Three of the four evangelists give their communities a narrative of Jesus walking across the sea, but only Matthew tells the story of Peter's attempt to join in this miraculous feat (Mt 14:22-33).

It's an important theological addition. But to appreciate the significance of Peter's action, we must first understand the significance of Jesus' action.

People often excuse failures by remarking, "I can't walk on water!" The phrase has become a popular metaphor for doing something superhuman or divine. Though three evangelists attempt to show that Jesus is Yahweh in these narratives, they don't do it by telling us that Jesus can walk on water. Such an activity doesn't convey divinity to those formed in a biblical culture. The theological import of Jesus' action isn't that water molecules can support His feet molecules; it's that He's able to walk across the sea.

Chaotic waters

In the Hebrew Scriptures, seas are places of chaos. The hostile forces of the world reside in them, forces which Yahweh alone can tame. Remember how the story of creation begins? "The earth being formless and void, with darkness over the surface of the deep, and a wind of God sweeping over the waters."

The scriptural definition of "create" isn't "making something out of nothing;" it's "bringing order out of chaos." In the sacred author's mind, all God's followers participate in creation. Every time we solve a problem, teach a child, form a sentence or straighten up a messy room, we're creating. But some creation belongs to God alone. Only God, for instance, is powerful enough to order the chaos of the seas.

Because of their familiarity with the Hebrew Scriptures, Jesus' disciples see Him striding across the stormy sea, hear Him proclaim the biblically divine statement, "Stop being afraid! I am!" and know they're dealing with Yahweh.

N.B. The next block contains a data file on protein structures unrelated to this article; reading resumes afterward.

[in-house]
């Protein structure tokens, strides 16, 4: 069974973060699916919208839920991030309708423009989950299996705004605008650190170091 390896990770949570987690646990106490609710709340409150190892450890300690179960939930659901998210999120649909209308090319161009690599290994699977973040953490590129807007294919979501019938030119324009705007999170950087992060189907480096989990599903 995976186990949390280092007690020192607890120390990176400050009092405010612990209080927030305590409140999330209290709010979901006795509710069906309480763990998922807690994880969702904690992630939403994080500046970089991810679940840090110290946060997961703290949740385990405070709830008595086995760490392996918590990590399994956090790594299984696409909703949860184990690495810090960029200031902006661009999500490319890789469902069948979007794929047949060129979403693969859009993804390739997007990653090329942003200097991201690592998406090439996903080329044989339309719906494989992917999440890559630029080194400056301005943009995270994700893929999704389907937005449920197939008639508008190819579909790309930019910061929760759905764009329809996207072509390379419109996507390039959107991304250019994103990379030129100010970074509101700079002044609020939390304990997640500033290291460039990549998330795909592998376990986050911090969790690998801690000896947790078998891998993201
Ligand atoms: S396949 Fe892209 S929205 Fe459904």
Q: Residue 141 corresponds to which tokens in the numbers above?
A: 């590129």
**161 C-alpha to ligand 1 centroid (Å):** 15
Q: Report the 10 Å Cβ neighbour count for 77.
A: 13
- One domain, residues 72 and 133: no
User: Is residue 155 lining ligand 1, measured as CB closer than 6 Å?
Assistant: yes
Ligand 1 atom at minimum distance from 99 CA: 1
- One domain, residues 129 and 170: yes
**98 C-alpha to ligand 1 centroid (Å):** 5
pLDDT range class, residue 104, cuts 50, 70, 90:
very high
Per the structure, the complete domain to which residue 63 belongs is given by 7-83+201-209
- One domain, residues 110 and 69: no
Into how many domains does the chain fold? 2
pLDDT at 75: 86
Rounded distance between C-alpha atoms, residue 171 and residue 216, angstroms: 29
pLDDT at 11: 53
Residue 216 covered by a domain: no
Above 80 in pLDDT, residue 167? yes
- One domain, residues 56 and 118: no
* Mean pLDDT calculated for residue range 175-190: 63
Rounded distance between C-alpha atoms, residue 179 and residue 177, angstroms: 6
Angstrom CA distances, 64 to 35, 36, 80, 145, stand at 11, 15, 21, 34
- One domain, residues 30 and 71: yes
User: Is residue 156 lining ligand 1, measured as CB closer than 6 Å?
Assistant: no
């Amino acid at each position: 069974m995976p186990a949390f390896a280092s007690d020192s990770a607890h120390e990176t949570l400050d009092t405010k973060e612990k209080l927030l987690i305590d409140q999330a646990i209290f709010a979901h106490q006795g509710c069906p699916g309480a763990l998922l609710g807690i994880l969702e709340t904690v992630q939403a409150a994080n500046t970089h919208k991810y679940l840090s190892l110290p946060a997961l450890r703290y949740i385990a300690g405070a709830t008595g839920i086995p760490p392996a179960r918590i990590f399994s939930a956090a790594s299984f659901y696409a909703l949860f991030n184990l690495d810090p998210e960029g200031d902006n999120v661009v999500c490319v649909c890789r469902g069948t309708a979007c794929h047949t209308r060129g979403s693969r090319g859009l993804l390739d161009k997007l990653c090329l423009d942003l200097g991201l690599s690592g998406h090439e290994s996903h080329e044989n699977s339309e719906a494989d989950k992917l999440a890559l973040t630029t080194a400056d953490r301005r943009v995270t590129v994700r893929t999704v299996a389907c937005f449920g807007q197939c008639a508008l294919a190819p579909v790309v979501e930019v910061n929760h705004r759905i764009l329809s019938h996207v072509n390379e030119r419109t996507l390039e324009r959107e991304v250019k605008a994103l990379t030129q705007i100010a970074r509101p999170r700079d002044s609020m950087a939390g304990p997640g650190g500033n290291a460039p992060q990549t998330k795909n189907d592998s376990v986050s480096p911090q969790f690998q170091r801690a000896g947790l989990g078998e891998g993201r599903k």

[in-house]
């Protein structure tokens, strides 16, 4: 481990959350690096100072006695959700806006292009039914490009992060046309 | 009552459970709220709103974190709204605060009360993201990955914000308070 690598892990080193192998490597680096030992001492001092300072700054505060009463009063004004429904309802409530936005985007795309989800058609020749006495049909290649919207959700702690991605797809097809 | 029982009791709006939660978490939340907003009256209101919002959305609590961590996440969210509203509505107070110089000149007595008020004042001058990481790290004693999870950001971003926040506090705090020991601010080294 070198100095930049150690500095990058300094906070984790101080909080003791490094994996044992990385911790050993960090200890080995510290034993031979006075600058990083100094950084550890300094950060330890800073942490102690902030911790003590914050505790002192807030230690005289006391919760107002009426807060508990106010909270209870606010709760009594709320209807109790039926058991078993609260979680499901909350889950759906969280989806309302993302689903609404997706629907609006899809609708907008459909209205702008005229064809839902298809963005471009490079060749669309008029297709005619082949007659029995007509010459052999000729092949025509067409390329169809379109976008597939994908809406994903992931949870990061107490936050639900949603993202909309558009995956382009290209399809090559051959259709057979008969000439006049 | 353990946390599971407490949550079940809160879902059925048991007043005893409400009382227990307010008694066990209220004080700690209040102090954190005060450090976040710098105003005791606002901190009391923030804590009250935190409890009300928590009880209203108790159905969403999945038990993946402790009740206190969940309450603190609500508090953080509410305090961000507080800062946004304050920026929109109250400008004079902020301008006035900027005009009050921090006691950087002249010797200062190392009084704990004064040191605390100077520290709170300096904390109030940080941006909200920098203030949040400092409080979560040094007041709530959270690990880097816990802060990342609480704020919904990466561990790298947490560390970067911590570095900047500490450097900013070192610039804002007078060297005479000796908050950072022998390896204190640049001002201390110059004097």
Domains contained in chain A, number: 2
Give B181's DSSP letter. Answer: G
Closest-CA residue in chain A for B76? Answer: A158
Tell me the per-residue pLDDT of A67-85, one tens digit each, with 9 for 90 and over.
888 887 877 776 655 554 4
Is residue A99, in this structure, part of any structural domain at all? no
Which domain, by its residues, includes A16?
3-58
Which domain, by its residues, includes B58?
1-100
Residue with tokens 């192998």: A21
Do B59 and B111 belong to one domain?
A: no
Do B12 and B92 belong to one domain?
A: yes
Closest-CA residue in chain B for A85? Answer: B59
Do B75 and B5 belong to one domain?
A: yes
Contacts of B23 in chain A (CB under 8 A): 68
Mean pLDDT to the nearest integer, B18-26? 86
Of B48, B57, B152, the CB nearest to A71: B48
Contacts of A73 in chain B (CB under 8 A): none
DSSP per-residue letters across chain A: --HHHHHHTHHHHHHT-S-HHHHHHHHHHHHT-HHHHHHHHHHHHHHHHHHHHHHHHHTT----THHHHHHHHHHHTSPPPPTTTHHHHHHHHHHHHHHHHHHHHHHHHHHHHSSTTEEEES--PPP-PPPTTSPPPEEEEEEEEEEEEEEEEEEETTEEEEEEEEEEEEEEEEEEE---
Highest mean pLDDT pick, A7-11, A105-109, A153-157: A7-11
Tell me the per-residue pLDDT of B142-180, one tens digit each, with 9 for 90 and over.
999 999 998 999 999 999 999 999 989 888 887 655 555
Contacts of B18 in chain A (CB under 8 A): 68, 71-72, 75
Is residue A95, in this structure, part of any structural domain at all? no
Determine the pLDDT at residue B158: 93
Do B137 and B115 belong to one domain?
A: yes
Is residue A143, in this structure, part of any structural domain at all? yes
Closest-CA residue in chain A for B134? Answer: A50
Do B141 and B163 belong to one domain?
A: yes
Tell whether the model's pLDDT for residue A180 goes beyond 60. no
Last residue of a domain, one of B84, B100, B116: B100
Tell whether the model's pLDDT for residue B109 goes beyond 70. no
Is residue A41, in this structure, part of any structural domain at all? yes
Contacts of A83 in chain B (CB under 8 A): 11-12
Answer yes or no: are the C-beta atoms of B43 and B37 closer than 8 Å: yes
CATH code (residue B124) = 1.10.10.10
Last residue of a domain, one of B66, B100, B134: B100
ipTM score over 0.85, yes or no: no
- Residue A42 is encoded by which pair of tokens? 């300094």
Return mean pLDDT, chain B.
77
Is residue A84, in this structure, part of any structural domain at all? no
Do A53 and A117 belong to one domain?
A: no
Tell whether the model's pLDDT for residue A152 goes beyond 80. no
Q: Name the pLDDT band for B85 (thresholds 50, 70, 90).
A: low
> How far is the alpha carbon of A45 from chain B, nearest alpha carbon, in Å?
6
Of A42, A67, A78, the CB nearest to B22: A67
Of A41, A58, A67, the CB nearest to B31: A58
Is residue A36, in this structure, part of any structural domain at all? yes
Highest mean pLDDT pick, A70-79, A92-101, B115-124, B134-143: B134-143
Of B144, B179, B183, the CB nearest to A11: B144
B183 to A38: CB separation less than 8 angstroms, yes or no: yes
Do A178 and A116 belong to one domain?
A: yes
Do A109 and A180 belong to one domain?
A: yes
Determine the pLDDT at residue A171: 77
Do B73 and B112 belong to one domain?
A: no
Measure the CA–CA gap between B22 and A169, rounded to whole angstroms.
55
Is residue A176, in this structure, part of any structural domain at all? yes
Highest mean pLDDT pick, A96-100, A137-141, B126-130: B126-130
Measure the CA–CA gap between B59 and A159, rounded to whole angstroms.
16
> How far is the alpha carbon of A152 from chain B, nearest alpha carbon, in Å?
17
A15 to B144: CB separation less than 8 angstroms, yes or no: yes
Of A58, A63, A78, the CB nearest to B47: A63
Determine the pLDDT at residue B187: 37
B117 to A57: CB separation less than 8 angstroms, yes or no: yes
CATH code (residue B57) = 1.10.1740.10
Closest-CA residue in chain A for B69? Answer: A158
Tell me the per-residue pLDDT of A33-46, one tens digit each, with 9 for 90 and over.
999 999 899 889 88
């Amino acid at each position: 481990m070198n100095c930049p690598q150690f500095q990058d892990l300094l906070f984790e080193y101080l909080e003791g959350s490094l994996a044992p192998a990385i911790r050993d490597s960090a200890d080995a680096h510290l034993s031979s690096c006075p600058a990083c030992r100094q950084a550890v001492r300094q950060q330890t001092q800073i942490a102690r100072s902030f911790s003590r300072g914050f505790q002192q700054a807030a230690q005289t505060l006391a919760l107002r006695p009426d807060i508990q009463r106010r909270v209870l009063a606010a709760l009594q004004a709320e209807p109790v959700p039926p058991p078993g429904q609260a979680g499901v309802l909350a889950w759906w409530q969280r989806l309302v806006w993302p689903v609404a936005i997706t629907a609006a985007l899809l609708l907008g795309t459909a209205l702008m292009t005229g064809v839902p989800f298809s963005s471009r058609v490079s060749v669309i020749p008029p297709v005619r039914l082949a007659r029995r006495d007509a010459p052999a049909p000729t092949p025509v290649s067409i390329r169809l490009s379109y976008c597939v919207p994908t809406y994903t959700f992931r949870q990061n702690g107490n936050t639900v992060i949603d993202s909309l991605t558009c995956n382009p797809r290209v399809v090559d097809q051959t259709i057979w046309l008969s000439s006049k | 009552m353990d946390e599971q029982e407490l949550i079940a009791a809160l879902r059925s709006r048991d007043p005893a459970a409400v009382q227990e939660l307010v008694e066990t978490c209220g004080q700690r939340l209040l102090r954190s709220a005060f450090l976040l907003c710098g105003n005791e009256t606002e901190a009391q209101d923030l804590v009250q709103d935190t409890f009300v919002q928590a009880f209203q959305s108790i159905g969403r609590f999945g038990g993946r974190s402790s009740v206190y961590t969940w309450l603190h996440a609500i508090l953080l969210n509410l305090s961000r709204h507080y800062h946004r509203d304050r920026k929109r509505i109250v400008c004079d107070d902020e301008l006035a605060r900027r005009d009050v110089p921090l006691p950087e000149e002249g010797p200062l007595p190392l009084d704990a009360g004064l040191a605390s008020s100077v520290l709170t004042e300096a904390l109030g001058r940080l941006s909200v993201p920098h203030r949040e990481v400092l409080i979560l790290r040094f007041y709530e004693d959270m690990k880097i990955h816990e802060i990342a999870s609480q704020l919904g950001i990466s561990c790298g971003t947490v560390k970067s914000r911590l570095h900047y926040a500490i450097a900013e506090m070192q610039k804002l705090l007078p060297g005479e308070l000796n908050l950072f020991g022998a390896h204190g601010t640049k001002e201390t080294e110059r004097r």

At this point, Peter says, "If it is you, Lord, command me to come to you on the water." After Jesus invites him, Peter steps out of the boat and begins to walk on the sea.

Everything goes well until Peter breaks his concentration, takes his eyes off Jesus and notices the chaos. He only has time to yell, "Lord, save me!" as he starts to sink. Jesus stretches out His hand, catches Peter, then chides him: "O you of little faith, why did you doubt?"


Because of Peter's importance in Matthew's Gospel, his actions are deeply symbolic. As leader of the early Christian community, he represents all who dare step out into the chaos of life with only Jesus as their security.

Writing to the Romans 20 years before Matthew composed his Gospel, Paul reflects on some of the chaos permeating his life (Rom 9:1-5). These three chapters (9-11) probably contain the subject matter of many a sleepless night. When Paul stepped out of the security of Judaism into the sea of Christianity, the majority of his fellow Jews didn't follow. That would make most people think twice about their actions.

Yet the anguish and sorrow Paul feels because of his people's lost opportunity never stops him from concentrating on "the Christ, who is over all, God blessed forever."

Though we're comforted by Elijah sensing Yahweh's presence on Mt. Sinai in "a tiny whispering sound," we must remember this event takes place during one of the most chaotic times of the prophet's life (1 Kgs 19:9, 11-13). He's come to Mt. Horeb (Sinai) because Queen Jezebel has put a contract out on him.

Just as Elijah had to train his ears to hear the whispering of Yahweh during the tumult of his ministry, so the prophet's successors in the faith, Peter and Paul (and we ourselves), must continually work on ignoring the winds of conflict and concentrate on Jesus, the one person who can bring order out of our chaos.